3. Dogs know we aren’t dogs! To see us as pack leaders, dogs would have to see us as members of the pack in the first place, and dogs are fully aware that we are not simply funny looking bald dogs. As such, dogs socialize with us in different ways than they do with other dogs. Ever met a dog that has totally different reactions to meeting humans than it does to meeting dogs? Yeah, this is why.

So to recap: it is pointless to try to be the Alpha Dog in your pack because wild wolves don’t even have dominant Alphas, dogs aren’t even wolves, and you aren’t even a Dog!

For more information on the history of Dominance Theory and its effects on dogs, please check out the Articles linked below.

Reading Your Dog’s Body Language

Reading Your Dog’s Body Language

As humans, we sometimes take for granted this wonderful thing we call the spoken language. The ease with which we are able to communicate important messages to our fellow man is truly spectacular. If there is danger, if we are frightened, if we are in pain, we have words for these things that others can understand instantly and then typically know how to respond. Now for a moment imagine a scenario in which you are in danger or afraid, and the only people you can speak to do no speak your language. What do you do? You would likely resort to some kind of frantic charades. It would probably be frustrating, but in all likelihood the person would be able to get the gist of your body language. Now imagine a slightly stranger scenario in which the only person who can help you isn’t even human and looks on in complete confusion as you babble away in a strange language and contort your body with gestures that would surely make sense to another human, but make no sense to the newcomer.

Welcome to the wonderful world of human dog interaction! Dogs aren’t blessed with spoken language like we are, though they do have a small range of vocalizations with different meaning. For the most part they rely on body language to communicate with other dogs and with their human companions. This body language can sometimes be very subtle making it hard to pick up on. And unfortunately even the more obvious body language is often misinterpreted by us because, as humans, we have a tendency to project human traits on to other animals and even inanimate objects. These misunderstandings can be relatively innocuous, but they are also frequently the precursor to preventable dog attacks. The internet is awash in home videos in which dogs and humans (often children) are interacting in a way that the people think is funny or cute, but the dog is clearly, to the trained eye, giving body language that is saying, “I don’t like this. Back off!” I’m willing to bet that the majority of dog attacks in which the owners say, “She’s never done anything like that. It came out of nowhere,” there were actually many signs that the owner simply didn’t understand.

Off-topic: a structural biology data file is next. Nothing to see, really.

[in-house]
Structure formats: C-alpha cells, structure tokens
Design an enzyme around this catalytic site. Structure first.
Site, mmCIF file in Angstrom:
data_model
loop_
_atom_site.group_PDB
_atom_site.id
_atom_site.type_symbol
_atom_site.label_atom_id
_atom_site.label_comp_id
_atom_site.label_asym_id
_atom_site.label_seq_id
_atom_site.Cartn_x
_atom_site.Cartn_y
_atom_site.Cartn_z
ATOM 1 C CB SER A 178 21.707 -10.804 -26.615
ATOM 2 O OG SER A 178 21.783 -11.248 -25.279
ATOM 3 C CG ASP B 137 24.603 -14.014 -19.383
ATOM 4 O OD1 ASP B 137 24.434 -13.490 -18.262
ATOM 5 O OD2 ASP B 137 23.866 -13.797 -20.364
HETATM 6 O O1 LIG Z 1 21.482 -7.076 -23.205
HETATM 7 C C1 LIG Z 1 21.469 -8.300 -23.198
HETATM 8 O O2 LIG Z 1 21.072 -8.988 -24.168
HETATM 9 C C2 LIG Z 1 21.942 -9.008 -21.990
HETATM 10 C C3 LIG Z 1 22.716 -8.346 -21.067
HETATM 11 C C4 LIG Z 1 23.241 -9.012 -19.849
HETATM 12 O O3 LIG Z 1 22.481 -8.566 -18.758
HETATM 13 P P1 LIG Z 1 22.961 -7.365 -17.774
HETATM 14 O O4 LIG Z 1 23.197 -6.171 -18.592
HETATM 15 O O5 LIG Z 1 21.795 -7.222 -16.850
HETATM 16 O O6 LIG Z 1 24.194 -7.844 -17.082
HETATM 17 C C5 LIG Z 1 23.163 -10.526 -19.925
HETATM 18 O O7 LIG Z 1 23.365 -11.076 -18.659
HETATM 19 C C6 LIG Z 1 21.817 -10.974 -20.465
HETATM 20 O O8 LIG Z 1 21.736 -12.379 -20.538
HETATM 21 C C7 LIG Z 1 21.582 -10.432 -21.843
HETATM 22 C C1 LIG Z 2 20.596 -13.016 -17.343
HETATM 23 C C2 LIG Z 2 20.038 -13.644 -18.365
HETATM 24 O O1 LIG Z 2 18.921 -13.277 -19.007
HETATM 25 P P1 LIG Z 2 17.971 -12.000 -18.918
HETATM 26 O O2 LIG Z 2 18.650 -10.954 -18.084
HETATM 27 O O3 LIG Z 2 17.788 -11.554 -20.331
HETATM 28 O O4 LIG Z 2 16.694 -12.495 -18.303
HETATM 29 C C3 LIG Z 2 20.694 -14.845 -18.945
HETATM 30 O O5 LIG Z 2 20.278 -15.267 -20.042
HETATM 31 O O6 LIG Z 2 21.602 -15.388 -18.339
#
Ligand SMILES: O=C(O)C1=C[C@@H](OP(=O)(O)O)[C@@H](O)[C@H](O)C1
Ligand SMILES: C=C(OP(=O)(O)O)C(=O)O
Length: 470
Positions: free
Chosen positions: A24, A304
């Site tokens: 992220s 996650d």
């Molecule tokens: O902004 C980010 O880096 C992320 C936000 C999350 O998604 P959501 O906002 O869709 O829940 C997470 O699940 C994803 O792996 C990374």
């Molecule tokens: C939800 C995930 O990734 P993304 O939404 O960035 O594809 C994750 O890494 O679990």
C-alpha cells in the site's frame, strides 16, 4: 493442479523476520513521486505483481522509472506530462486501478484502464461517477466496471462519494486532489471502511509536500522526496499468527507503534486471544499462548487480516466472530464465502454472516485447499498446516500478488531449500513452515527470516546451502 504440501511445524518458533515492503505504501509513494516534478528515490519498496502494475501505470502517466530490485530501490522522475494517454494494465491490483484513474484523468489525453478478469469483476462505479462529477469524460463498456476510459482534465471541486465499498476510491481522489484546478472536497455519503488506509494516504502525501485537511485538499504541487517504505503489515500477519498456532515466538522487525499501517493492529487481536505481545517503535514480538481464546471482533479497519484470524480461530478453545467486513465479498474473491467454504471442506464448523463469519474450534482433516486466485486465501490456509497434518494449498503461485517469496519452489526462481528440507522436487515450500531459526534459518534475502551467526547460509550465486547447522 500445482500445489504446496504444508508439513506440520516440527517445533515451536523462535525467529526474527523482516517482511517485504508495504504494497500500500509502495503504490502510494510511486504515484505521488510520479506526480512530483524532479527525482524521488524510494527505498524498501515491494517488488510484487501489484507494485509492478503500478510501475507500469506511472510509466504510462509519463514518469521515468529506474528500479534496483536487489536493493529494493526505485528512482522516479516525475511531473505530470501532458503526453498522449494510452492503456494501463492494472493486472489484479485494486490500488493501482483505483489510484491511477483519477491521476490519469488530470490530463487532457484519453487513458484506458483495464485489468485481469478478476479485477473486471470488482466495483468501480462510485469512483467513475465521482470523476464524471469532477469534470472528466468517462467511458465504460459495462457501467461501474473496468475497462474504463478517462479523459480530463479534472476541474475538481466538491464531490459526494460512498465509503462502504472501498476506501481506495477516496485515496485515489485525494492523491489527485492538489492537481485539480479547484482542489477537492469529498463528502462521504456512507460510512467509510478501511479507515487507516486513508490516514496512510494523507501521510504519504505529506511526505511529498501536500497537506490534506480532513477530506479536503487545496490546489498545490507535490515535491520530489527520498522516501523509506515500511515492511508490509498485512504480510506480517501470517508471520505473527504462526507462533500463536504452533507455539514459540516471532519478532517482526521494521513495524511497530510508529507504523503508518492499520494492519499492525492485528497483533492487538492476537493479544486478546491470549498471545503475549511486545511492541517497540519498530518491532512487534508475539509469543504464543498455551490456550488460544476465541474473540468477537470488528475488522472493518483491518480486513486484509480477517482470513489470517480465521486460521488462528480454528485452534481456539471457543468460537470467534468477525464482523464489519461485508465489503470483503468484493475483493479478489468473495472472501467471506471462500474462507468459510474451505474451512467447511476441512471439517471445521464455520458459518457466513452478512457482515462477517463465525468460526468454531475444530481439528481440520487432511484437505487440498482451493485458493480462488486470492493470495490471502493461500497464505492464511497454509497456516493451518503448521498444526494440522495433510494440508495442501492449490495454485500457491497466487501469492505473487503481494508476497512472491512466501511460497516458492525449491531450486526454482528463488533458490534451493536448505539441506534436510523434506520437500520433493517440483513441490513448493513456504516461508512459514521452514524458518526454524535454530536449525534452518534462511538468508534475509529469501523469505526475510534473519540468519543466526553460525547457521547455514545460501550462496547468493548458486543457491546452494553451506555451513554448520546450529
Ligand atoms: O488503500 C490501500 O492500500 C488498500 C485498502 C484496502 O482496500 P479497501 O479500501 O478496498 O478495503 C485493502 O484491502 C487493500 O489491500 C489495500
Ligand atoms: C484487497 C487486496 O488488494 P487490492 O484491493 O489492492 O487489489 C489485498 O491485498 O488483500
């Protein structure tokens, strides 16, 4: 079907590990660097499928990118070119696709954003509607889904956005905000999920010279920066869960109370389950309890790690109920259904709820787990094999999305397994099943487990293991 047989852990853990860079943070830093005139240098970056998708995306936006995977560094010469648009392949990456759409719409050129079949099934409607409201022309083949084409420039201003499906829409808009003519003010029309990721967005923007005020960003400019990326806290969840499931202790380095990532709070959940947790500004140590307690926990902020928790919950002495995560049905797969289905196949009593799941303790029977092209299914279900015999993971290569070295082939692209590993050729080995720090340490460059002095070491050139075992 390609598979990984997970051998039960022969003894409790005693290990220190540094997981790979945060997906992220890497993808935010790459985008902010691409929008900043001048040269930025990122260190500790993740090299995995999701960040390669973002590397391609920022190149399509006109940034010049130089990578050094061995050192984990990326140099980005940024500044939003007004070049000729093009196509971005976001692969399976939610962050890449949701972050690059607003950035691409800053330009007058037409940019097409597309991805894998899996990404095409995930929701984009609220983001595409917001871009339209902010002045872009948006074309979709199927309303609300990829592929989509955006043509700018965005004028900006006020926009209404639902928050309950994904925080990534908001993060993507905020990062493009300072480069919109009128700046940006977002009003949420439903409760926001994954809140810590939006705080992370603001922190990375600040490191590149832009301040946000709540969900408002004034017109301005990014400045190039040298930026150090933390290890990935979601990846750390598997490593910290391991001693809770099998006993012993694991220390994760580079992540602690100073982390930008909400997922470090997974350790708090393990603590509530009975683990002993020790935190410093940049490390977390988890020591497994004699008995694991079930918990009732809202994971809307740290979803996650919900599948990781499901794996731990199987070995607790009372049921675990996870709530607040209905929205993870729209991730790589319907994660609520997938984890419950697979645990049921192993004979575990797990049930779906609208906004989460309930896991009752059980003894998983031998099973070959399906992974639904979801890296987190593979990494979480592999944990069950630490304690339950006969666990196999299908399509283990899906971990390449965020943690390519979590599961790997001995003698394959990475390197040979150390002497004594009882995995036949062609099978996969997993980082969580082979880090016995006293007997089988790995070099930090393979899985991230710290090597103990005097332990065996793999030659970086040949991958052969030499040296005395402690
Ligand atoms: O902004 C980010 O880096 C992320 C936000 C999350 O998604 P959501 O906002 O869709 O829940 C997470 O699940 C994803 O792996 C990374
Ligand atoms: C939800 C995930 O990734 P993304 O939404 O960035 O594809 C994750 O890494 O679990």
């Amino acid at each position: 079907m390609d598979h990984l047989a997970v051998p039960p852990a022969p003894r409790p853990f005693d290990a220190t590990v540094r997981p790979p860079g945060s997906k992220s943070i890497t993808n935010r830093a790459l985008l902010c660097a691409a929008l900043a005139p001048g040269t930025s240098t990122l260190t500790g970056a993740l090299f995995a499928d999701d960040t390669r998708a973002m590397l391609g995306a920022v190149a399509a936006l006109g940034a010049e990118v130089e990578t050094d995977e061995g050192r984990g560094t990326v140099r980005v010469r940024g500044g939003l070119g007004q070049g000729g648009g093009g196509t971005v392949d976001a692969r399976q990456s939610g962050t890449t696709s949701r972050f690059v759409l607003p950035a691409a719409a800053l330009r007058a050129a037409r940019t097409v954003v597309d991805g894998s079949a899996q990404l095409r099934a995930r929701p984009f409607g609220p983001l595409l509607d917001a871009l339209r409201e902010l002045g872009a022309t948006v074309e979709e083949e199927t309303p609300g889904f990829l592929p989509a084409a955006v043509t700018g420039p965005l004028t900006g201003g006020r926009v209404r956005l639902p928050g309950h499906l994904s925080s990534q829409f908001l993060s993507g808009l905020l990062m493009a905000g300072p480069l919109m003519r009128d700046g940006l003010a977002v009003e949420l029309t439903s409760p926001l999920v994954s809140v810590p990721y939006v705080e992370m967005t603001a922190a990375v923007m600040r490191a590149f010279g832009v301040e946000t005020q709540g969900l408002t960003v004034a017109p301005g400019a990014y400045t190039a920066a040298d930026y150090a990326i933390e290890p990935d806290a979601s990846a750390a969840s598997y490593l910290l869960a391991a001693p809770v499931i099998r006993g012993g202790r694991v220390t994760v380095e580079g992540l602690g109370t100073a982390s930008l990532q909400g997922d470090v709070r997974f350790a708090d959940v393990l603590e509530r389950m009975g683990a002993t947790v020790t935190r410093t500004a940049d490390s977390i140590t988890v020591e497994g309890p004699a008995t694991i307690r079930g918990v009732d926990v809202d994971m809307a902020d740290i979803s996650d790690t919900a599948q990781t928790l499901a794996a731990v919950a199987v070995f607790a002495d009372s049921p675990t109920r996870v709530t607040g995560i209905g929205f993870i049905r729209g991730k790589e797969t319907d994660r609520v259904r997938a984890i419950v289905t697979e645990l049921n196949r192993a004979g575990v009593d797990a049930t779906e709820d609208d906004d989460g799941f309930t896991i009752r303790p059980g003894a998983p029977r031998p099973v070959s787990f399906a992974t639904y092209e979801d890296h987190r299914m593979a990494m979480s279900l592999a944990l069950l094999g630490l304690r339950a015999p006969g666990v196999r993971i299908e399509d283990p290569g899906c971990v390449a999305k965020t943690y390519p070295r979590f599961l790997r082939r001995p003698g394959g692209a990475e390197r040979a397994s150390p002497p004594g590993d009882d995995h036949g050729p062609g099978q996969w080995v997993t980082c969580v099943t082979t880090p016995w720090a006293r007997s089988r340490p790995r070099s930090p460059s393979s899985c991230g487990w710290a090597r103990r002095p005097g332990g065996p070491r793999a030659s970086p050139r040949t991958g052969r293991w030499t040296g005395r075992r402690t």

For the safety of ourselves, our families, and the public, as well as the safety and emotional well-being of our dogs, it is important for us as dog owners to know how to read our own dog’s body language. It is also wise for people in general to understand the basics of canine body language so that you can more safely gauge your interactions with dogs you meet because, unfortunately, not every dog owner knows their dog as well as they think they do.

For a run down on the different types of body language and what they mean, I recommend looking over the diagrams and reading the article linked below.